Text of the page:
abstract = "Membrane current and intracellular Ca concentration ([Ca](i)) transients were recorded from isolated rat ventricular myocytes under voltage-clamp control. The cells were dialyzed by the patch pipette solution, which contained the fluorescent Ca indicator indo-1 and 0.5 mM Na. Under these experimental conditions, Ca entry via Na-Ca exchange did not appear to be appreciable even in the absence of extracellular Na. Increasing the duration of voltage-clamp pulses from 5 to 80 ms produced [Ca](i) transients of increasing amplitude, while the peak Ca current was not changed. This duration dependence of the [Ca](i) transient was most demonstrable at more negative test potentials (e.g., -20 to -30 mV) and was not qualitatively modified by Na-free solutions. This latter result indicates that Ca extrusion by Na-Ca exchange is not responsible for the smaller [Ca](i) transients observed when the membrane is repolarized after very brief depolarizations. Although the peak Ca current was not changed by increasing pulse duration, the integrated Ca current was increased. These observations are consistent with a Ca-release mechanism in cardiac excitation-contraction coupling in which 1) the Ca-release process can be modulated by membrane potential or 2) the Ca entering the cell via Ca channels has a preferential access [compared with Ca from the sarcoplasmic reticulum (SR)] to the site(s) that control SR Ca release. The role of Na-Ca exchange in the decline of [Ca](i) during relaxation was also explored. Removal of extracellular Na (Na(o)) resulted in 20{\%} slowing of the decline in [Ca](i) during relaxation. From this, we conclude that the Na-Ca exchange competes with SR to remove Ca from the cytoplasm and that under our control conditions the exchanger may account for 20 of this decline. The Na(o) dependence of relaxation was reduced at more positive membrane potentials and increased by SR Ca loading.",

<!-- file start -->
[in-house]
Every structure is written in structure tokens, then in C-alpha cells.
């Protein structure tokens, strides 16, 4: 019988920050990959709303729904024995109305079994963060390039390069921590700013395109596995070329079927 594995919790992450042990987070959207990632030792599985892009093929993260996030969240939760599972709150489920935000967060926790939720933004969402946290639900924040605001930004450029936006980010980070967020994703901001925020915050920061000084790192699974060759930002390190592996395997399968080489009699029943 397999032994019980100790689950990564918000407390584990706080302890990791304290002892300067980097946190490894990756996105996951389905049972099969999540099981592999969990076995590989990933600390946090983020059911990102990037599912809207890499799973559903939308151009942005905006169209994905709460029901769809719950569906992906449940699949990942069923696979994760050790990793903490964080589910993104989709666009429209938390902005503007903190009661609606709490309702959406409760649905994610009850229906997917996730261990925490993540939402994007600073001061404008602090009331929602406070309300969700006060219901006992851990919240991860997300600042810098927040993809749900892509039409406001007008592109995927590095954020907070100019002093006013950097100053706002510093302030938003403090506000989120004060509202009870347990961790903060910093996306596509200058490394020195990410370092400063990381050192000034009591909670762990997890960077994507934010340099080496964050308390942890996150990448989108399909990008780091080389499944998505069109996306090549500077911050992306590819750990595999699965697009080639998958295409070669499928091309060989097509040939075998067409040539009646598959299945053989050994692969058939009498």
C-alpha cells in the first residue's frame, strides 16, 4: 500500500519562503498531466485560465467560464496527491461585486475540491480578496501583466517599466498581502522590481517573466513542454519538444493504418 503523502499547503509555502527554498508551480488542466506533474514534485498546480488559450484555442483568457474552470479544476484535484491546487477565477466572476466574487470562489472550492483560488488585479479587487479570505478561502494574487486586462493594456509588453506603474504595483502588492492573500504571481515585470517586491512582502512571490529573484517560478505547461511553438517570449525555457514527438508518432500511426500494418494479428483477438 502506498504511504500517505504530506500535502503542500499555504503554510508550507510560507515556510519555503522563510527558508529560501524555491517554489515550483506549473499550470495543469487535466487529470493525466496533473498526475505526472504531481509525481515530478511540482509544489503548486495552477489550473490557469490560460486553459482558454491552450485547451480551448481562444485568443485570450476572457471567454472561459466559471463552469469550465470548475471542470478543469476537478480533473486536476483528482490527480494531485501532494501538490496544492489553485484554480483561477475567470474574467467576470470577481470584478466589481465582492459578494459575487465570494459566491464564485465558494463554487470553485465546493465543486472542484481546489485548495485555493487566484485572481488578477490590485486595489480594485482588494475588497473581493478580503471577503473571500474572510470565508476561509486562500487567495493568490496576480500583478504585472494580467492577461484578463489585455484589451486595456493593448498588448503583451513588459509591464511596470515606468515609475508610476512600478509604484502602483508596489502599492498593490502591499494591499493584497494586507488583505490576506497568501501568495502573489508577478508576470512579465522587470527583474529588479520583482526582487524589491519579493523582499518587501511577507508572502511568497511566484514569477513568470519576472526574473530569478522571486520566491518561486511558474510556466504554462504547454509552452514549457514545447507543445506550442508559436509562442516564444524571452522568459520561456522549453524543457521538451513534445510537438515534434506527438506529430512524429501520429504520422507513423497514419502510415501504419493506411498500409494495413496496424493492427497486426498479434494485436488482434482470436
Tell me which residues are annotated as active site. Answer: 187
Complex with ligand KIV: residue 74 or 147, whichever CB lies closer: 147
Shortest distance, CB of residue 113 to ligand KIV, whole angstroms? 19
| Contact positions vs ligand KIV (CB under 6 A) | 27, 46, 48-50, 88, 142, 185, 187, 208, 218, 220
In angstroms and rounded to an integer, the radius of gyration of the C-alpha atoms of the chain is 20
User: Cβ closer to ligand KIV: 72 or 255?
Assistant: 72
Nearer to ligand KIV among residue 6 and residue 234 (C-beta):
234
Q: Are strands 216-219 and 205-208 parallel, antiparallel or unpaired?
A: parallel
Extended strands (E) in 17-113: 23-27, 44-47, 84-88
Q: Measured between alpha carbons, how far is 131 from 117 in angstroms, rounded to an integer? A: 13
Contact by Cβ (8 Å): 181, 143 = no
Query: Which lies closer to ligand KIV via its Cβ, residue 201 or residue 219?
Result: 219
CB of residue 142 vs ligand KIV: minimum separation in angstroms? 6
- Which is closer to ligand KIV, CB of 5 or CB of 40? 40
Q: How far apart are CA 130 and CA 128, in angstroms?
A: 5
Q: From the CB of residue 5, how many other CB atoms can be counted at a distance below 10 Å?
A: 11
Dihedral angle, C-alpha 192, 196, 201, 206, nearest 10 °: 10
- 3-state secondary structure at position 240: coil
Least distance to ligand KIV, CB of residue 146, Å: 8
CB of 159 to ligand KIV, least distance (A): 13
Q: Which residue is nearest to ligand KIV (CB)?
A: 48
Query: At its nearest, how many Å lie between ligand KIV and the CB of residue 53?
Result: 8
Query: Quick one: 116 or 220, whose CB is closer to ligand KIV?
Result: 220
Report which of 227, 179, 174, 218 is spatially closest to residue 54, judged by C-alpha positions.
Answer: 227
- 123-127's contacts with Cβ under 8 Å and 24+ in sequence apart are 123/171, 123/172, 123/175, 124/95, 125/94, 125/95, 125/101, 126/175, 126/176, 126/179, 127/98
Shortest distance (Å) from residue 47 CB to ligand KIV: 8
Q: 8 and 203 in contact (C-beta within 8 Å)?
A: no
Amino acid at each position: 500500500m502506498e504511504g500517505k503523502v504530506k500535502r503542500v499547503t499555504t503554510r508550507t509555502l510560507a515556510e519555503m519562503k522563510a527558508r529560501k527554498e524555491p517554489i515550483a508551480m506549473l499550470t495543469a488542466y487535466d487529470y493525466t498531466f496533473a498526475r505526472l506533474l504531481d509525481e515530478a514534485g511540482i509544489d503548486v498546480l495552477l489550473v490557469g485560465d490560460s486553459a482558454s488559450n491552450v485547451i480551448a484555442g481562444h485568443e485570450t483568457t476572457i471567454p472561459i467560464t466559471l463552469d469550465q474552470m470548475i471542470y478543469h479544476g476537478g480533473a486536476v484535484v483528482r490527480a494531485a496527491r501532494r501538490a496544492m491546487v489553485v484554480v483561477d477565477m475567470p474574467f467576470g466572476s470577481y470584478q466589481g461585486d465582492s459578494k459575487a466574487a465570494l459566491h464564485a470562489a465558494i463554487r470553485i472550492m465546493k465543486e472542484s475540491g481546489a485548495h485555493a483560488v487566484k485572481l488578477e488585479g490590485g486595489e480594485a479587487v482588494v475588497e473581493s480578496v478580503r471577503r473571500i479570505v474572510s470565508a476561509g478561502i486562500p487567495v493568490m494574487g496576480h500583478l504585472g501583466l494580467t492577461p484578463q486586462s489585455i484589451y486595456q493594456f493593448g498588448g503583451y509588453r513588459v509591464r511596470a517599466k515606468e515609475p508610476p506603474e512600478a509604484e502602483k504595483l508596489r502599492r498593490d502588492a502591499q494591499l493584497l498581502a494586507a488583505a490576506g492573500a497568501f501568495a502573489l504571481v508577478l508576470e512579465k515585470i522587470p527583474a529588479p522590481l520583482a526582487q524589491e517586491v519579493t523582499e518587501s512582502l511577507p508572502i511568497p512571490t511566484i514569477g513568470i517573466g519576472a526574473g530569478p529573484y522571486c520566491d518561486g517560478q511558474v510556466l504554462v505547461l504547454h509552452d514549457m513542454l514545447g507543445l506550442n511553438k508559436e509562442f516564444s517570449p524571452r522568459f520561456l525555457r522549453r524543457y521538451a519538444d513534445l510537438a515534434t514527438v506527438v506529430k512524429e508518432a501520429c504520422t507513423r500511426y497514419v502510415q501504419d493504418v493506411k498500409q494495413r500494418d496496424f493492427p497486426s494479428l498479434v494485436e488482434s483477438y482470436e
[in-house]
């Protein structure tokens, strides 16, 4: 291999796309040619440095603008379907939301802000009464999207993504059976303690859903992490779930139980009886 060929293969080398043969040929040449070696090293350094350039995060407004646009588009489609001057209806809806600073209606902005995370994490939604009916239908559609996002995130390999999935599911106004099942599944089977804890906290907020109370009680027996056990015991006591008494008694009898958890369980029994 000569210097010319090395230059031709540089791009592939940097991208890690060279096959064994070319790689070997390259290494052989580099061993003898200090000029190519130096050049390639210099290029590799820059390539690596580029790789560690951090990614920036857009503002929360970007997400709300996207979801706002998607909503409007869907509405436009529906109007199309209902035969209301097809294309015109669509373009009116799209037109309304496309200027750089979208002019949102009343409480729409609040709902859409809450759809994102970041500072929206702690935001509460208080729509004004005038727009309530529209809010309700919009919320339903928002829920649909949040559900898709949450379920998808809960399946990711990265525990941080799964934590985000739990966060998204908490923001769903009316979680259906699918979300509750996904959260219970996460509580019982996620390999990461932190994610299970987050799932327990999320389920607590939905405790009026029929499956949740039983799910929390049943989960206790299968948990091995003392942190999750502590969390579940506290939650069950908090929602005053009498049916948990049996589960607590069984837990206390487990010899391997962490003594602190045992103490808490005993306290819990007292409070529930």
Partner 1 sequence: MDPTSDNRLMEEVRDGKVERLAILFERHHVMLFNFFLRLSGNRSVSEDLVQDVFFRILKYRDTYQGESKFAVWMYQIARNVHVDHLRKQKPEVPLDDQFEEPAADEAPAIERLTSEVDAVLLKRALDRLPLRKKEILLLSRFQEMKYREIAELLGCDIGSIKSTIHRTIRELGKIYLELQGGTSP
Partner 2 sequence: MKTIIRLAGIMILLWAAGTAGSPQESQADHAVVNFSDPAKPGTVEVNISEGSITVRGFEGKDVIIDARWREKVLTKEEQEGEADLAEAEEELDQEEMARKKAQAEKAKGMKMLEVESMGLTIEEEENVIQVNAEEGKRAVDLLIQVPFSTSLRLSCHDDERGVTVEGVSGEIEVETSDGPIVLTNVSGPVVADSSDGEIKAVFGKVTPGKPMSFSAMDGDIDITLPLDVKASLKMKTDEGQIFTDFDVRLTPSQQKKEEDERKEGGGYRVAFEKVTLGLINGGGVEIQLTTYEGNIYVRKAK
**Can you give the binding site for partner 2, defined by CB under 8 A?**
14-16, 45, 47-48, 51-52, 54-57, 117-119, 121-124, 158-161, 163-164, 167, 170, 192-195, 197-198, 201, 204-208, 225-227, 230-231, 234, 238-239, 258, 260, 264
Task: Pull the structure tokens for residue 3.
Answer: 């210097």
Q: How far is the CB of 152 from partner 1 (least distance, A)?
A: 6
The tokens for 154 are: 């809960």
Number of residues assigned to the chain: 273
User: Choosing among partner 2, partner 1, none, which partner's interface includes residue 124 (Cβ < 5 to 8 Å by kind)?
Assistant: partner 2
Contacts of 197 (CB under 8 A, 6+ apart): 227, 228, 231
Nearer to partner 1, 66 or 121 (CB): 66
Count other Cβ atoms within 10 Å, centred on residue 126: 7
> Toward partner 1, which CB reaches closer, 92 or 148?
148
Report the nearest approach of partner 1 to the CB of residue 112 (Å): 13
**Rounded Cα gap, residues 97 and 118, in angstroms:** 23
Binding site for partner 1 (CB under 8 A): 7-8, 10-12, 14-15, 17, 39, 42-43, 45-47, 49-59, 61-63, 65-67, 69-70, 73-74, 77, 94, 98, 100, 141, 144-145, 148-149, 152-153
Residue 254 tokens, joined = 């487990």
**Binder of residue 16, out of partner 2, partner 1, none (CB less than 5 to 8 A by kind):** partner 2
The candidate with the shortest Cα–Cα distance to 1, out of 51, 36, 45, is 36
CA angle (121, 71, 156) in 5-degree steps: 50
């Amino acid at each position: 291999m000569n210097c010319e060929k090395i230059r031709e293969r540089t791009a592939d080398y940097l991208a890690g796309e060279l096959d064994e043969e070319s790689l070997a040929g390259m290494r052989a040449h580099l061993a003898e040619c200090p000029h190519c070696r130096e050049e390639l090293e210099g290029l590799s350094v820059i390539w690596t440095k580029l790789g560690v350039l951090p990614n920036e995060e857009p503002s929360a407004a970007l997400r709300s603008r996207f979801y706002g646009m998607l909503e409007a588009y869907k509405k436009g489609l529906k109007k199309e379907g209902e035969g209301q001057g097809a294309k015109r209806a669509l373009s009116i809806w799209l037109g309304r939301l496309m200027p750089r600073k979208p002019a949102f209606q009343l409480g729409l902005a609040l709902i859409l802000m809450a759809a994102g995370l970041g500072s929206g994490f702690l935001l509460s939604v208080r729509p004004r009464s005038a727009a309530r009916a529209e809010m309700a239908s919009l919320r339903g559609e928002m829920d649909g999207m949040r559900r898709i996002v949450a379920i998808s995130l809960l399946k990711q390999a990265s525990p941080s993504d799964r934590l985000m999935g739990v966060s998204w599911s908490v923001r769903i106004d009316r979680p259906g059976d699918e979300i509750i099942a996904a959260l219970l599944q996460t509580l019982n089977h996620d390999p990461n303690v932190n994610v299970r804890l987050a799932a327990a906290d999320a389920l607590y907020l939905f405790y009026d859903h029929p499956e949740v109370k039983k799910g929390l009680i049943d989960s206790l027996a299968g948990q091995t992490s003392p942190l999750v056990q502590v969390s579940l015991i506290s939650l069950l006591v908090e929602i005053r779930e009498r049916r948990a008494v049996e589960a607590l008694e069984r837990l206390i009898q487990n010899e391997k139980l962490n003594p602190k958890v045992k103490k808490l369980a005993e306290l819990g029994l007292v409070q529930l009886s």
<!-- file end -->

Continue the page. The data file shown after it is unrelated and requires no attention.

keywords = "calcium current, cardiac muscle, indo-1",